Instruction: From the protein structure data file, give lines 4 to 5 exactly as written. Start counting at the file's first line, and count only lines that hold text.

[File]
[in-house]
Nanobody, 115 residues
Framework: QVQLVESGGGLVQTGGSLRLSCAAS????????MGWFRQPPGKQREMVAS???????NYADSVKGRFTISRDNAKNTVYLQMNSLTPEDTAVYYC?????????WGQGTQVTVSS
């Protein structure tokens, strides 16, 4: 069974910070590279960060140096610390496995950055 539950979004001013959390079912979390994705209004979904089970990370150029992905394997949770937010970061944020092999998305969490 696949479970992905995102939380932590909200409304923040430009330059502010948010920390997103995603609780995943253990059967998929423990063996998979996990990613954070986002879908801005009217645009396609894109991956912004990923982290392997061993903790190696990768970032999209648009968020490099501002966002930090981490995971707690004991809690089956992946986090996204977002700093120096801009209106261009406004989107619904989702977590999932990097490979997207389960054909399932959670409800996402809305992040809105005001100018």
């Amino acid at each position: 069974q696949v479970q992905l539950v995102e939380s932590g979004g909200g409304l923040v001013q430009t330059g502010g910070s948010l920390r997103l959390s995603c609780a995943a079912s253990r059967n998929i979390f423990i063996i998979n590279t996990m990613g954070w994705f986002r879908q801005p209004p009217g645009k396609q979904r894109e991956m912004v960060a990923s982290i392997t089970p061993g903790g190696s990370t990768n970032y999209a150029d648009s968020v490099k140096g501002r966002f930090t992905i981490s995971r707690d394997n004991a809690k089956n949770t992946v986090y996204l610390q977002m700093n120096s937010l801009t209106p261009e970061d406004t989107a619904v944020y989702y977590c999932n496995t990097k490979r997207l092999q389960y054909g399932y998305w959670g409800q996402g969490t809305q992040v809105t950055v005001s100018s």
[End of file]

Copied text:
């Protein structure tokens, strides 16, 4: 069974910070590279960060140096610390496995950055 539950979004001013959390079912979390994705209004979904089970990370150029992905394997949770937010970061944020092999998305969490 696949479970992905995102939380932590909200409304923040430009330059502010948010920390997103995603609780995943253990059967998929423990063996998979996990990613954070986002879908801005009217645009396609894109991956912004990923982290392997061993903790190696990768970032999209648009968020490099501002966002930090981490995971707690004991809690089956992946986090996204977002700093120096801009209106261009406004989107619904989702977590999932990097490979997207389960054909399932959670409800996402809305992040809105005001100018």
């Amino acid at each position: 069974q696949v479970q992905l539950v995102e939380s932590g979004g909200g409304l923040v001013q430009t330059g502010g910070s948010l920390r997103l959390s995603c609780a995943a079912s253990r059967n998929i979390f423990i063996i998979n590279t996990m990613g954070w994705f986002r879908q801005p209004p009217g645009k396609q979904r894109e991956m912004v960060a990923s982290i392997t089970p061993g903790g190696s990370t990768n970032y999209a150029d648009s968020v490099k140096g501002r966002f930090t992905i981490s995971r707690d394997n004991a809690k089956n949770t992946v986090y996204l610390q977002m700093n120096s937010l801009t209106p261009e970061d406004t989107a619904v944020y989702y977590c999932n496995t990097k490979r997207l092999q389960y054909g399932y998305w959670g409800q996402g969490t809305q992040v809105t950055v005001s100018s």